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Photo: George Frey/Getty Images

Wall Street panicked a little after the Trump administration rolled out its drug rebate proposal, but the stock prices of companies most at risk recovered because there’s still so much uncertainty about how the policy would change their businesses.

The big picture: The proposal would bar pharmacy benefit managers and insurers from accepting rebates from drug companies in Medicare and Medicaid under anti-kickback law. Instead, the two sides could work out fixed-fee arrangements, with rebates flowing directly from manufacturers to patients at the pharmacy counter.

Yes, but: The rule...

  • Would not immediately affect the commercial market, although HHS Secretary Alex Azar wants Congress to pass the proposal into law so it would apply everywhere.
  • Would not touch the other profitable tactics that PBMs have mastered, like spread pricing and generic drug algorithms.
  • Would take a swipe at a flawed rebate system, but push middlemen to raise premiums — which federal actuaries said could raise Medicare spending as much as $196 billion over the next decade.
  • Would almost certainly initiate a lawsuit on antitrust grounds.
  • Would "not have a meaningful impact on our growth or earnings trajectory," David Cordani, CEO of Cigna and its newly acquired Express Scripts, said on an earnings call Friday.

One thing that is pretty certain: Pharma wins. There’s no mandate to lower list prices, and drug companies would get to see competitors' rebates.

Go deeper: The Trump administration's major shakeup in the way we pay for drugs

Go deeper

Biden to sign 15 executive actions on Day One

President-elect Joe Biden. Photo: SAUL LOEB/AFP via Getty Images

President-elect Joe Biden is expected to sign 15 executive actions upon taking office Wednesday, immediately reversing key Trump administration policies.

Why it matters: The 15 actions — aimed at issues like climate change and immigration — mark more drastic immediate steps compared with the two day-one actions from Biden's four predecessors combined, according to incoming White House press secretary Jen Psaki.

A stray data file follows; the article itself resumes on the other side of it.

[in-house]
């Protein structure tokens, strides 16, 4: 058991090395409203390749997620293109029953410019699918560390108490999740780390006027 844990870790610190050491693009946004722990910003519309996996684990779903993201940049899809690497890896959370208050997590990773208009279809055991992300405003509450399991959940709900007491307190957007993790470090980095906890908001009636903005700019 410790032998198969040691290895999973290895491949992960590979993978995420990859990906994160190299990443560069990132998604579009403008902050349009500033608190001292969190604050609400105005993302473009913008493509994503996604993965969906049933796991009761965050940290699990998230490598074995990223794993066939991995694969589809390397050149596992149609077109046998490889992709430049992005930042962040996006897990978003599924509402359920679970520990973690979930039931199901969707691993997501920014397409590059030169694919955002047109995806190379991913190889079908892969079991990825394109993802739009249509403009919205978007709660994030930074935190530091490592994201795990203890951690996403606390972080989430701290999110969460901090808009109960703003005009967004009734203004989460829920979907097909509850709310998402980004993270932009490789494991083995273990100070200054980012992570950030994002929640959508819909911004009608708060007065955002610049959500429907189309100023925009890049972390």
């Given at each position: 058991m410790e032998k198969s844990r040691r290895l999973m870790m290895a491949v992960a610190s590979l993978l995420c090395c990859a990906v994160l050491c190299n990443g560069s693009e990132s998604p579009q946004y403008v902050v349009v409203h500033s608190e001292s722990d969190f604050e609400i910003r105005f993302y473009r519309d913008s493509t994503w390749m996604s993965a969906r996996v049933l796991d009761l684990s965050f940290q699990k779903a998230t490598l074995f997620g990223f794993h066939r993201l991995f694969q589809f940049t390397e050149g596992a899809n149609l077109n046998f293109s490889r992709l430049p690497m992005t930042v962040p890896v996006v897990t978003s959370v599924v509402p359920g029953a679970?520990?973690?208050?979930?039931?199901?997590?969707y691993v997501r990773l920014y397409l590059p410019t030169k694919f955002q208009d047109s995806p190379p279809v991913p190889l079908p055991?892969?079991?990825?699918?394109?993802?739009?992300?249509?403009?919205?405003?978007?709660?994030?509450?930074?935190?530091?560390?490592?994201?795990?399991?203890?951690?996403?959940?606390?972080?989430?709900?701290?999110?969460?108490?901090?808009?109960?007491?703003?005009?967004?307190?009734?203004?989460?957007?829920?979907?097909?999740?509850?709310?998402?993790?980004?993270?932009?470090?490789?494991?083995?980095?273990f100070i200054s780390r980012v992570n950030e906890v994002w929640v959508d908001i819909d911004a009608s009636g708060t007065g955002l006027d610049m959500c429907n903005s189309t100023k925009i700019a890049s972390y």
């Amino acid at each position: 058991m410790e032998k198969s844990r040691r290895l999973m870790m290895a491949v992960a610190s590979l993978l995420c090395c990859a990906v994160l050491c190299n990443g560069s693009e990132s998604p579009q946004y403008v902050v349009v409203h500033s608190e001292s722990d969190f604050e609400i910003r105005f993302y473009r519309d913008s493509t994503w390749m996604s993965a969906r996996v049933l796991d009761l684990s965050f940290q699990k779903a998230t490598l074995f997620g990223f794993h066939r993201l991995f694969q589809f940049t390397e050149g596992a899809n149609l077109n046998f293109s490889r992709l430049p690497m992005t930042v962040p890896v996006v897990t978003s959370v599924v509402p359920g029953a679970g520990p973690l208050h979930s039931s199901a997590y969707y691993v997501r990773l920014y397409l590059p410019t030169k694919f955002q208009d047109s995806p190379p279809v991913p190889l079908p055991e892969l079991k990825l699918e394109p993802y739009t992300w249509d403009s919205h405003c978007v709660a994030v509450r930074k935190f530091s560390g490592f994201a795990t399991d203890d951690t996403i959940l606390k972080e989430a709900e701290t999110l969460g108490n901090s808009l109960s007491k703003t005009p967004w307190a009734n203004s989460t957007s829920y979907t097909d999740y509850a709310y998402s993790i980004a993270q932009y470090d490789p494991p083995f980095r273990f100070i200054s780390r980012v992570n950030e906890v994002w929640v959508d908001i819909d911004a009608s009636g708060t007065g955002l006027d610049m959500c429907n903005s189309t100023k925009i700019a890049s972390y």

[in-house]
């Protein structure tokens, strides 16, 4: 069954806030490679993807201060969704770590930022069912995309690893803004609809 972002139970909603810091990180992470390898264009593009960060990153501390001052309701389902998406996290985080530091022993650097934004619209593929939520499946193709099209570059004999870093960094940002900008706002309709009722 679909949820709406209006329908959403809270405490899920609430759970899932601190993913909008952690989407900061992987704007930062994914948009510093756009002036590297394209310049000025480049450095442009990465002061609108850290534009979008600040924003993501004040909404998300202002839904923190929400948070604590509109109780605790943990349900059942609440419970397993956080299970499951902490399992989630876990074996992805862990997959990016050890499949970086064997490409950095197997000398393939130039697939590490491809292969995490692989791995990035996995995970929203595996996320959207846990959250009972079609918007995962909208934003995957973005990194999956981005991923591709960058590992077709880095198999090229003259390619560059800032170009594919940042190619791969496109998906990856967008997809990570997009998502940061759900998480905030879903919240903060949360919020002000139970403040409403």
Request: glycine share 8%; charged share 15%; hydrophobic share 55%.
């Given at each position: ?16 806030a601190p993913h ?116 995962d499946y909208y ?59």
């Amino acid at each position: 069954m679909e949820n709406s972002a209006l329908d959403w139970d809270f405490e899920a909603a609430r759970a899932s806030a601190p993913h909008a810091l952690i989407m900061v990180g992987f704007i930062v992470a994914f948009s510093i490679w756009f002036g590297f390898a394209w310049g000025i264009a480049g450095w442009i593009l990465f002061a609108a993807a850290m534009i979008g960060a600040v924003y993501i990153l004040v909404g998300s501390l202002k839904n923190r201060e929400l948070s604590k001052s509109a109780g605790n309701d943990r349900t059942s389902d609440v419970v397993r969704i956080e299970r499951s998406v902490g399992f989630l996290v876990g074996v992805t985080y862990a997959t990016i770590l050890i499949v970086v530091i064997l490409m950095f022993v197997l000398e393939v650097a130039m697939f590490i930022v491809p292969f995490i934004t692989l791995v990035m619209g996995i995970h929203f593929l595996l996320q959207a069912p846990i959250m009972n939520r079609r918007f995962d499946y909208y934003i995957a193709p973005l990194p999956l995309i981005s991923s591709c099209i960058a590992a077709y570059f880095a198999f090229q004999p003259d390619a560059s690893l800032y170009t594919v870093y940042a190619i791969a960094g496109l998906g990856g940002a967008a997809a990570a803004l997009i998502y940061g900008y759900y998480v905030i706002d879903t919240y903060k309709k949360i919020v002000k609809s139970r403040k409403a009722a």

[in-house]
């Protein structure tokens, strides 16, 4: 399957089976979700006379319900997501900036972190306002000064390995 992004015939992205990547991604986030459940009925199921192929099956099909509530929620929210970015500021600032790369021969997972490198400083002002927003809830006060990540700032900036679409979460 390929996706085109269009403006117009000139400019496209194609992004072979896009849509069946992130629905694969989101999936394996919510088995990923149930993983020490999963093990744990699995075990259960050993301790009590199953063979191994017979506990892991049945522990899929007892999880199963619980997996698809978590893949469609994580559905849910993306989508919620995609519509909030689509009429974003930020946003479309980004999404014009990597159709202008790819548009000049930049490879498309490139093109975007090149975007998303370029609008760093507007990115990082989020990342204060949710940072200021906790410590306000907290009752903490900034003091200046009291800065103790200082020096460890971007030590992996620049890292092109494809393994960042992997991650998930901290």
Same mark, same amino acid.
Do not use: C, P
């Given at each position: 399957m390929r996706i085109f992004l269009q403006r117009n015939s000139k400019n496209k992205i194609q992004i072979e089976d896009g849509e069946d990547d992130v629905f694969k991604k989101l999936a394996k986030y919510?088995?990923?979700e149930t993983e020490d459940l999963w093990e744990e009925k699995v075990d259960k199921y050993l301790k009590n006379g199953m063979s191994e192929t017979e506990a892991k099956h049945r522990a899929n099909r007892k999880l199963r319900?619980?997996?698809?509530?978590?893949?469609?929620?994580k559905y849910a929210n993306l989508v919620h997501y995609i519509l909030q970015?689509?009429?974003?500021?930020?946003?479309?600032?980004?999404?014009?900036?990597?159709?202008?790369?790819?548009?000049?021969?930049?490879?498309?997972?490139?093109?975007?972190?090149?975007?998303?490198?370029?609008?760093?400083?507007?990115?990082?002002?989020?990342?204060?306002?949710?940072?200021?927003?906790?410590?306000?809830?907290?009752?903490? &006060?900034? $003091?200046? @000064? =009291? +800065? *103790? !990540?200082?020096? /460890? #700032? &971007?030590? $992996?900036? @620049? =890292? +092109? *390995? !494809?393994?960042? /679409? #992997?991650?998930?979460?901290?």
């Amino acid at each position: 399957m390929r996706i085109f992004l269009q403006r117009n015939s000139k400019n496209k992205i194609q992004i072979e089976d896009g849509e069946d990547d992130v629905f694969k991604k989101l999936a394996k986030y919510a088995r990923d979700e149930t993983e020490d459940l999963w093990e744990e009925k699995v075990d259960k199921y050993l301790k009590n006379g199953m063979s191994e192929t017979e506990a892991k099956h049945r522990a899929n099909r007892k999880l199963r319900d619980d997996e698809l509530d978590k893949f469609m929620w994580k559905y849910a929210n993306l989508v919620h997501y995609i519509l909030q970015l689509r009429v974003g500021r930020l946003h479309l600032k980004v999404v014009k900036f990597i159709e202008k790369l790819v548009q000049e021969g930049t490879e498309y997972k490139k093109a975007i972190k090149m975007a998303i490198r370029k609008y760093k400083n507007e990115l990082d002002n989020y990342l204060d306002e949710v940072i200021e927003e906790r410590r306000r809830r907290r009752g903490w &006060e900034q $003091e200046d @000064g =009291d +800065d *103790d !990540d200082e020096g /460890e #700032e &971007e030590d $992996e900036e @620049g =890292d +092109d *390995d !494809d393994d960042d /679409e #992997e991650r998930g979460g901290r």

Off the Rails

Episode 7: Trump turns on Pence

Photo illustration: Eniola Odetunde/Axios. Photos: Elijah Nouvelage, Alex Wong/Getty Images

Beginning on election night 2020 and continuing through his final days in office, Donald Trump unraveled and dragged America with him, to the point that his followers sacked the U.S. Capitol with two weeks left in his term. Axios takes you inside the collapse of a president with a special series.

Episode 7: Trump turns on Pence. Trump believes the vice president can solve all his problems by simply refusing to certify the Electoral College results. It's a simple test of loyalty: Trump or the U.S. Constitution.

"The end is coming, Donald."

The male voice in the TV ad boomed through the White House residence during "Fox & Friends" commercial breaks. Over and over and over. "The end is coming, Donald. ... On Jan. 6, Mike Pence will put the nail in your political coffin."

Big Tech's post-riot reckoning

Photo illustration: Sarah Grillo/Axios. Photo: Tasos Katopodis/Getty Images

The Capitol insurrection means the anti-tech talk in Washington is more likely to lead to action, since it's ever clearer that the attack was planned, at least in part, on social media.

Why it matters: The big platforms may have hoped they'd move to D.C.'s back burner, with the Hill focused on the Biden agenda and the pandemic out of control. But now, there'll be no escaping harsh scrutiny.